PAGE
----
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by Zvi Akiva Fleisher

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Ch. 33, v. 2: "Motzo'eihem l'ma'seihem al pi Hashem v'eileh ma'seihem l'motzo'eihem" - Their departures to their travels according to the word of Hashem and these are their travels to their departures - If we were to translate "motzo'eihem" as "their findings" we have an insightful concept presented in these words. A person leaves his place of residence because he has decided that he has a need for something which is not available where he is. This is "Motzo'eihem l'ma'seihem," their finding something they need is the motivation for their travelling. However, we also have someone who has no need to go anywhere, but simply is inquisitive and travels to see whatever it is he may find in the new location. This is "Ma'seihem l'motzo'eihem." As the verse says, the former is "al pi Hashem," while by the latter the verse does not say this because indeed it is not "al pi Hashem." (n.l.)

Ch. 33, v. 15: "Va'yachanu b'midbar Sinoi" - And they encamped in the Sinai desert - How could the verse treat this as just another station and not mention that the bnei Yisroel received the Torah here? This strengthens the concept that although the Torah was given in the Sinai desert, it need not be mentioned in amanner that negates the concept that we should feel as if the Torah were given to us anew daily. (Dorash Moshe)

Ch. 35, v. 23: "V'hu lo o'yeiv lo v'lo m'va'keish ro'oso" - And he is not his enemy nor does he seek his bad - What are these two concepts that are being excluded from one who should go to a city of refuge? There are different levels of intent even by an intentional murderer. The straightforward murderer hates a person to the extent that he wants to get rid of him by murdering him. There is a second level of murder where the murderer does not hate the victim, but is willing to kill him to derive a perceived benefit, for example, to kill someone so that he can take his money. The previous scenario is one of "o'yeiv lo" and the second is "m'va'keish ro'oso." If not for the details of our verse we might think that the lower level murderer's punishment is to go to a city of refuge, while only the one who hates his victim and kills him is deserving of death. Therefore our verse spells out even if one killed only for the intention of "m'va'keish ro'oso" he may not escape the harsher punishment by remaining in a city of refuge. (Imrei Shefer)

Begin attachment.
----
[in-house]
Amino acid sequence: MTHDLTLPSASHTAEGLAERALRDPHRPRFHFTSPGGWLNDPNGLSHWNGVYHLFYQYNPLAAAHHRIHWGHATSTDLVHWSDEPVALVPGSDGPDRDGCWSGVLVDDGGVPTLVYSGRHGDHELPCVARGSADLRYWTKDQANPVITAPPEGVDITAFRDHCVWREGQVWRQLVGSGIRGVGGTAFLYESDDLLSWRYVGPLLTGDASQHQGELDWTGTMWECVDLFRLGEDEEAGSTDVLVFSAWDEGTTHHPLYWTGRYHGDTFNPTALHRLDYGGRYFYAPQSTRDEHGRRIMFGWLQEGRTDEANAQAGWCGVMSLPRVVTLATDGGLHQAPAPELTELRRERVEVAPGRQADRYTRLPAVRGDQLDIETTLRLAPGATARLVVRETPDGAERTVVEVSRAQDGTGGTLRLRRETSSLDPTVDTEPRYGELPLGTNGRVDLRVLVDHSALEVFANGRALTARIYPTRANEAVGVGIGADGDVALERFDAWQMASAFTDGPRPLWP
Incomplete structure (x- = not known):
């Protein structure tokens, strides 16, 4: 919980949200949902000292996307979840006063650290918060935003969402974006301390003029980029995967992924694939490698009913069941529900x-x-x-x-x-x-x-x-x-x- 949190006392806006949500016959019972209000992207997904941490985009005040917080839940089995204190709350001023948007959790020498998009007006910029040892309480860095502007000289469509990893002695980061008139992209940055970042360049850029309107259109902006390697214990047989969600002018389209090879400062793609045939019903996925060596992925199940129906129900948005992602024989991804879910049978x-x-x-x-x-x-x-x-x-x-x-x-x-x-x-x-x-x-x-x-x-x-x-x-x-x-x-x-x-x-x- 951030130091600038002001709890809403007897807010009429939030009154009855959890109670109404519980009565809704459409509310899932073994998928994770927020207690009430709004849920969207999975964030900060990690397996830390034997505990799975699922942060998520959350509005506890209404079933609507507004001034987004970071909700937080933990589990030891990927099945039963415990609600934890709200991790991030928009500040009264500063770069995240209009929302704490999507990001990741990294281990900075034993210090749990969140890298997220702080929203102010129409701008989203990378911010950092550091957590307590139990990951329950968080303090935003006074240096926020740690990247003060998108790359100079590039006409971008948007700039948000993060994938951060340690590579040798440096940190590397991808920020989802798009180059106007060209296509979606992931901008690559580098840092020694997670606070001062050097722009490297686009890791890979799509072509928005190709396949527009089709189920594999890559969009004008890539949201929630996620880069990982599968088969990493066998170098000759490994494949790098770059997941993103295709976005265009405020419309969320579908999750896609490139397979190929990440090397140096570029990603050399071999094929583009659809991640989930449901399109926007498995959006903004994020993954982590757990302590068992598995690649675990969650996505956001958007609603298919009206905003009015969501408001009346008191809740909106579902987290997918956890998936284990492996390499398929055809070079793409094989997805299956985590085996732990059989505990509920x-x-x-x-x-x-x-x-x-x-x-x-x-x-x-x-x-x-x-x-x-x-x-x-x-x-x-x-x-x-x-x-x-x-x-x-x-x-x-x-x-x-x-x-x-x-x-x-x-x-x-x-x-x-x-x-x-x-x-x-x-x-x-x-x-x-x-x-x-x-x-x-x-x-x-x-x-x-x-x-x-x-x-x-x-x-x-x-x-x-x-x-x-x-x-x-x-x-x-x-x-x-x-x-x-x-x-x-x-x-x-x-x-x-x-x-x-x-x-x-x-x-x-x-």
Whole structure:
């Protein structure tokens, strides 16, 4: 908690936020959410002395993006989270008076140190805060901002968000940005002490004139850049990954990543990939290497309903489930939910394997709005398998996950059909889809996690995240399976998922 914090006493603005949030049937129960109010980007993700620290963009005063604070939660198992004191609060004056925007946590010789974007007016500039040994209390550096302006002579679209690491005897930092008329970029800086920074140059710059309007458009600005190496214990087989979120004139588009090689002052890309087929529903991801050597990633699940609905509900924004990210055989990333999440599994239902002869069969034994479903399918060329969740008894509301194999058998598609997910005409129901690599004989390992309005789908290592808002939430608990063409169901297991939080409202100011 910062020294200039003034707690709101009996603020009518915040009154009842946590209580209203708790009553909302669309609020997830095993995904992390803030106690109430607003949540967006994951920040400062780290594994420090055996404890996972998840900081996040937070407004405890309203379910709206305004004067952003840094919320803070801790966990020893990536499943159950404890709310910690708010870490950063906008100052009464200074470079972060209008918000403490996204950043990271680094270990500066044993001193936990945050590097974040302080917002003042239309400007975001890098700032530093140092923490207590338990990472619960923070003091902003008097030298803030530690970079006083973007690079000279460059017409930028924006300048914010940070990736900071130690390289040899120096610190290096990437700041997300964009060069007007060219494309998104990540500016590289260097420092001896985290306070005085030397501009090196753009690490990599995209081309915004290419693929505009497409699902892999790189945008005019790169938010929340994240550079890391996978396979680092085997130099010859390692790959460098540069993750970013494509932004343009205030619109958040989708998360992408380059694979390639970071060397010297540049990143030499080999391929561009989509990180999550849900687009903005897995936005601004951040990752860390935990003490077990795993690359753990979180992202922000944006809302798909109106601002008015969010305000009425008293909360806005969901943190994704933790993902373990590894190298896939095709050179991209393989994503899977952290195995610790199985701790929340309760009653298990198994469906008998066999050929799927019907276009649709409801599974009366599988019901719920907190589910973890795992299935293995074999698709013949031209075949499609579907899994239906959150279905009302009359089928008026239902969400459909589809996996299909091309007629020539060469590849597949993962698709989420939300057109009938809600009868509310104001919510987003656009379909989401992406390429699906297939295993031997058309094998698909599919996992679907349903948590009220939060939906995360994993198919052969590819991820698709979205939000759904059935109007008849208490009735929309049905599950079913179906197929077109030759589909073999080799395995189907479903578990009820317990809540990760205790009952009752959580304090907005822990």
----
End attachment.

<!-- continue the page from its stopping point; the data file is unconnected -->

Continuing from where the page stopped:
Ch. 35, v. 28: "B'ir mikloto yeisheiv ad mose haKohein haGodol" - In the city of his refuge shall he reside until the death of the Kohein Godol - The gemara Makos 11a says that since the death of the Kohein Godol would result in the release of all those who are in the city seeking refuge, the mothers of the Kohanim G'dolim would bring food and clothing to these refuge incarcerated people. That way they would not pray for the demise of the Kohein Godol.

Why would there be any concern about their prayer? If the Kohein Godol is a meritorious person their prayers should have no negative effect.

The gemara Makos says that the reason the Kohein Godol has this connection to the cities of refuge is because he in his capacity of Kohein Godol should have prayed that there be no accidental killers. Since there is this blemish on him we have good reason to fear that their prayers would be effective.

Alternatively, since these people are sometimes "incarcerated" for a very long time they often pain for their homes, family, and community. Prayers that come from a pained heart are effective. (Rabbi Y.Z. Pollack)